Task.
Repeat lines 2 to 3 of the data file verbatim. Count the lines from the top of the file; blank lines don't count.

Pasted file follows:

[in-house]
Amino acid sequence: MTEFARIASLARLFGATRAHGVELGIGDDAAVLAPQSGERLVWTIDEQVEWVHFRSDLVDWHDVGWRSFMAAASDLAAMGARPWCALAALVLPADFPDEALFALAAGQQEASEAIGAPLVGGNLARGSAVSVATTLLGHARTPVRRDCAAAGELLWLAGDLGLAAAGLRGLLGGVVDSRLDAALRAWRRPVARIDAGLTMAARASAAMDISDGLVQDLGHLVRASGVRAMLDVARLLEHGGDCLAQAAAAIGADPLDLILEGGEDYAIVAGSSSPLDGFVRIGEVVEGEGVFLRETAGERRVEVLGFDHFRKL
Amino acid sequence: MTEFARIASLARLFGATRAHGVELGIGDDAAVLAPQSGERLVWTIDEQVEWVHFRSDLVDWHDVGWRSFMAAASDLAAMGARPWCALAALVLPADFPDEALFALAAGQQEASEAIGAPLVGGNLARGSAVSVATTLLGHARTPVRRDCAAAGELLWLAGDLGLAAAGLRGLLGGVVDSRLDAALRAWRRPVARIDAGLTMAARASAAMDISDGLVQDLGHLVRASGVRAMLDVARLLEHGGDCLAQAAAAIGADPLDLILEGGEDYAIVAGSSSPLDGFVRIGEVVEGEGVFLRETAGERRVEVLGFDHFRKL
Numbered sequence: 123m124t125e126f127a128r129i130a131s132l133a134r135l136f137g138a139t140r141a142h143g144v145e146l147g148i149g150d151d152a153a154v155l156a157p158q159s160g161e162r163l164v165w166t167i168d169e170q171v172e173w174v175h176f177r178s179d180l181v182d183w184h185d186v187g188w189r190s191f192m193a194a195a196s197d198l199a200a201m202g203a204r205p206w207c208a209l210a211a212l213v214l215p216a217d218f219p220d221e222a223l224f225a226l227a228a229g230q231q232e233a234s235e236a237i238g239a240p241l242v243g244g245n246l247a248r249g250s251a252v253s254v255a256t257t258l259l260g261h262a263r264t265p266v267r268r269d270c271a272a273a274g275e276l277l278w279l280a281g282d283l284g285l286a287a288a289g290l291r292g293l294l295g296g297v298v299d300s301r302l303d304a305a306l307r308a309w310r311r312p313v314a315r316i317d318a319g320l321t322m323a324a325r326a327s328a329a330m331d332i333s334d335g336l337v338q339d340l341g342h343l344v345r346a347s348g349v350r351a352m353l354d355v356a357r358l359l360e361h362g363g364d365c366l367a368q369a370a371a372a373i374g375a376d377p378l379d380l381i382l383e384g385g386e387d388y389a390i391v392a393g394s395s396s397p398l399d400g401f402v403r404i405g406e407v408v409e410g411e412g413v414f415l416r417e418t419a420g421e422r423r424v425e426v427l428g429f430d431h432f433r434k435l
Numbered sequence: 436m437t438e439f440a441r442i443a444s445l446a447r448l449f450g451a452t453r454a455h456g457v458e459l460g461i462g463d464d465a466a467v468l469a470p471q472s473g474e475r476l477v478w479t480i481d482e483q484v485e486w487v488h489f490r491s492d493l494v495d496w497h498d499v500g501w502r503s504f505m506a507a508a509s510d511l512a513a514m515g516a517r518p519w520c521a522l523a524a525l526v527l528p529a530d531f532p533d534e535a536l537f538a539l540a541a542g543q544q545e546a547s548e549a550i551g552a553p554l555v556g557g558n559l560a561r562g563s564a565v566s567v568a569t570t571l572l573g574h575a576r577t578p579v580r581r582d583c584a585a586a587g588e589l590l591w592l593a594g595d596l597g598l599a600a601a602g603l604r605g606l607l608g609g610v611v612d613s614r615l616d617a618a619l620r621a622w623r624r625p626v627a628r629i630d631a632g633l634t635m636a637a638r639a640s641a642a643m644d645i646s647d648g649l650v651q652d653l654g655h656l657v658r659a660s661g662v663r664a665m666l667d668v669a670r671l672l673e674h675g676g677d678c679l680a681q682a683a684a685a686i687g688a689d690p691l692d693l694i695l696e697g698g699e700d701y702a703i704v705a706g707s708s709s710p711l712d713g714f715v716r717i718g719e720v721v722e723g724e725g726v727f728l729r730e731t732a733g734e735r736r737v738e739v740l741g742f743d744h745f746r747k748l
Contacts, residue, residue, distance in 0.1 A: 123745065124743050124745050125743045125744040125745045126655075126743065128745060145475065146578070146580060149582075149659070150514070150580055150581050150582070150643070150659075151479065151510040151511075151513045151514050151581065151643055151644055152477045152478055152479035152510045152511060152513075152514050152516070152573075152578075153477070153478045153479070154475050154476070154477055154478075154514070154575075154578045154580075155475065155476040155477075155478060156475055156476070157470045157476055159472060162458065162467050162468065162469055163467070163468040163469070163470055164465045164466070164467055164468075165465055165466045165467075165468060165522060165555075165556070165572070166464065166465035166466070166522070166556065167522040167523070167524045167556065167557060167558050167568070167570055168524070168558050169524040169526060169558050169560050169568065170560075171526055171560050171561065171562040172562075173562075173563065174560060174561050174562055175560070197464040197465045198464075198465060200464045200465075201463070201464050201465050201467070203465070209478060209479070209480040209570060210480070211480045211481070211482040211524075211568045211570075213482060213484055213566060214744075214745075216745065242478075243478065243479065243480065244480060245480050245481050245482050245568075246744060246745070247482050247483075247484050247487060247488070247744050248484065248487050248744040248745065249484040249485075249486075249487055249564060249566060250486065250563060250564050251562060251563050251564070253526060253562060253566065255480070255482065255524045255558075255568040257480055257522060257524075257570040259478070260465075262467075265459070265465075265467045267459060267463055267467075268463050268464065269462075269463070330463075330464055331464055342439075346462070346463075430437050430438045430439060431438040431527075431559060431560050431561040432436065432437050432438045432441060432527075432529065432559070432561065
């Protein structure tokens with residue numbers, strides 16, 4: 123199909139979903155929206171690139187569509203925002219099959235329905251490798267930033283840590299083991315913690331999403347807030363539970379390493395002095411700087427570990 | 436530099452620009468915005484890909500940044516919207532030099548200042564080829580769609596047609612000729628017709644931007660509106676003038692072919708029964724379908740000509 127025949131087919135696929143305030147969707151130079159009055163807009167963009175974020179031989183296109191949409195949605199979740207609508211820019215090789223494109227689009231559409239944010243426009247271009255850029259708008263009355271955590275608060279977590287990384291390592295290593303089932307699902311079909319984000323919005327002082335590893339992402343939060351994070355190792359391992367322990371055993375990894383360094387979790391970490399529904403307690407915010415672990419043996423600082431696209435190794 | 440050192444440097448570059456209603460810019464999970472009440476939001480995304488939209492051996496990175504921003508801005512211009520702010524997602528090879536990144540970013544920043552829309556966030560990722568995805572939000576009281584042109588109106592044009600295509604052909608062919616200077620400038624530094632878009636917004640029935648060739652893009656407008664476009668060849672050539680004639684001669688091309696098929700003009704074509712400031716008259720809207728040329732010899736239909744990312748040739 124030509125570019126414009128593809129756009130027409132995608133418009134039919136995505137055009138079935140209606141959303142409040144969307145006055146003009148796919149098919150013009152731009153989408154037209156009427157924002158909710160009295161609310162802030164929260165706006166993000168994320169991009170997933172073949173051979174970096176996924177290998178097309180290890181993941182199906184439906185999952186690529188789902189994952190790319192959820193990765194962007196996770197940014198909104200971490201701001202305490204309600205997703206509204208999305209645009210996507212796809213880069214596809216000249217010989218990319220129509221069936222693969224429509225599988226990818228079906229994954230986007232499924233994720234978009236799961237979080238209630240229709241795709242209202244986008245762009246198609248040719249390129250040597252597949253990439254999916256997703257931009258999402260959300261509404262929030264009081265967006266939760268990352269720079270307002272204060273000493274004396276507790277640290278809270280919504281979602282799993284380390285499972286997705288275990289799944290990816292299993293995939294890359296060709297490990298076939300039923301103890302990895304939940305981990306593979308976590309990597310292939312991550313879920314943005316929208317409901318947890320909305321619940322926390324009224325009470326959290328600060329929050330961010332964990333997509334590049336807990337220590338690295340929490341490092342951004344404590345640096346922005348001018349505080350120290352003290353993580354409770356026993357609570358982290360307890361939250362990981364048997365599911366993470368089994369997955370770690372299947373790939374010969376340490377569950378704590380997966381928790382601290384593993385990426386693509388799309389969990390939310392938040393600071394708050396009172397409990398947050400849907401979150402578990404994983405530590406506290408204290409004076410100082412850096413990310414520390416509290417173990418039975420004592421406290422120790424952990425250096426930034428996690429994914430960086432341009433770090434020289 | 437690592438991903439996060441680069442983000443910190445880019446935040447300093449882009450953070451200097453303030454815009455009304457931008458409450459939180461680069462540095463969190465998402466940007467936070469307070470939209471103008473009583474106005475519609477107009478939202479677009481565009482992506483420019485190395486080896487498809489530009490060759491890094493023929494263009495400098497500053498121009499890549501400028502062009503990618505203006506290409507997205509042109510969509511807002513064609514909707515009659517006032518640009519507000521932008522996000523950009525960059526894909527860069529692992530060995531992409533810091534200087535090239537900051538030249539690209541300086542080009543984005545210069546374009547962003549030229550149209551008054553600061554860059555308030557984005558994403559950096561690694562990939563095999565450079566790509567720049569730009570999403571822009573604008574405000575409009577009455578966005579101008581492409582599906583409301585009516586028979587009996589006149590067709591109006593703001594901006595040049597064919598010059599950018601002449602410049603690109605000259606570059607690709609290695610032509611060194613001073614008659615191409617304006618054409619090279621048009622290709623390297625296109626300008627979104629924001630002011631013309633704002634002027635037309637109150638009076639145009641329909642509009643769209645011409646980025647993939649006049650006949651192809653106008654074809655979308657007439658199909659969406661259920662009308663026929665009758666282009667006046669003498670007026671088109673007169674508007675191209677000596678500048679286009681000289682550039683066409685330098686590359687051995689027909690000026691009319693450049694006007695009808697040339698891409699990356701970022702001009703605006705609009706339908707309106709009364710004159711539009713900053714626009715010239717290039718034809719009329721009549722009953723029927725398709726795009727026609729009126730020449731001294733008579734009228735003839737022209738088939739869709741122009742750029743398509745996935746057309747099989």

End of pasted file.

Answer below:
Amino acid sequence: MTEFARIASLARLFGATRAHGVELGIGDDAAVLAPQSGERLVWTIDEQVEWVHFRSDLVDWHDVGWRSFMAAASDLAAMGARPWCALAALVLPADFPDEALFALAAGQQEASEAIGAPLVGGNLARGSAVSVATTLLGHARTPVRRDCAAAGELLWLAGDLGLAAAGLRGLLGGVVDSRLDAALRAWRRPVARIDAGLTMAARASAAMDISDGLVQDLGHLVRASGVRAMLDVARLLEHGGDCLAQAAAAIGADPLDLILEGGEDYAIVAGSSSPLDGFVRIGEVVEGEGVFLRETAGERRVEVLGFDHFRKL
Amino acid sequence: MTEFARIASLARLFGATRAHGVELGIGDDAAVLAPQSGERLVWTIDEQVEWVHFRSDLVDWHDVGWRSFMAAASDLAAMGARPWCALAALVLPADFPDEALFALAAGQQEASEAIGAPLVGGNLARGSAVSVATTLLGHARTPVRRDCAAAGELLWLAGDLGLAAAGLRGLLGGVVDSRLDAALRAWRRPVARIDAGLTMAARASAAMDISDGLVQDLGHLVRASGVRAMLDVARLLEHGGDCLAQAAAAIGADPLDLILEGGEDYAIVAGSSSPLDGFVRIGEVVEGEGVFLRETAGERRVEVLGFDHFRKL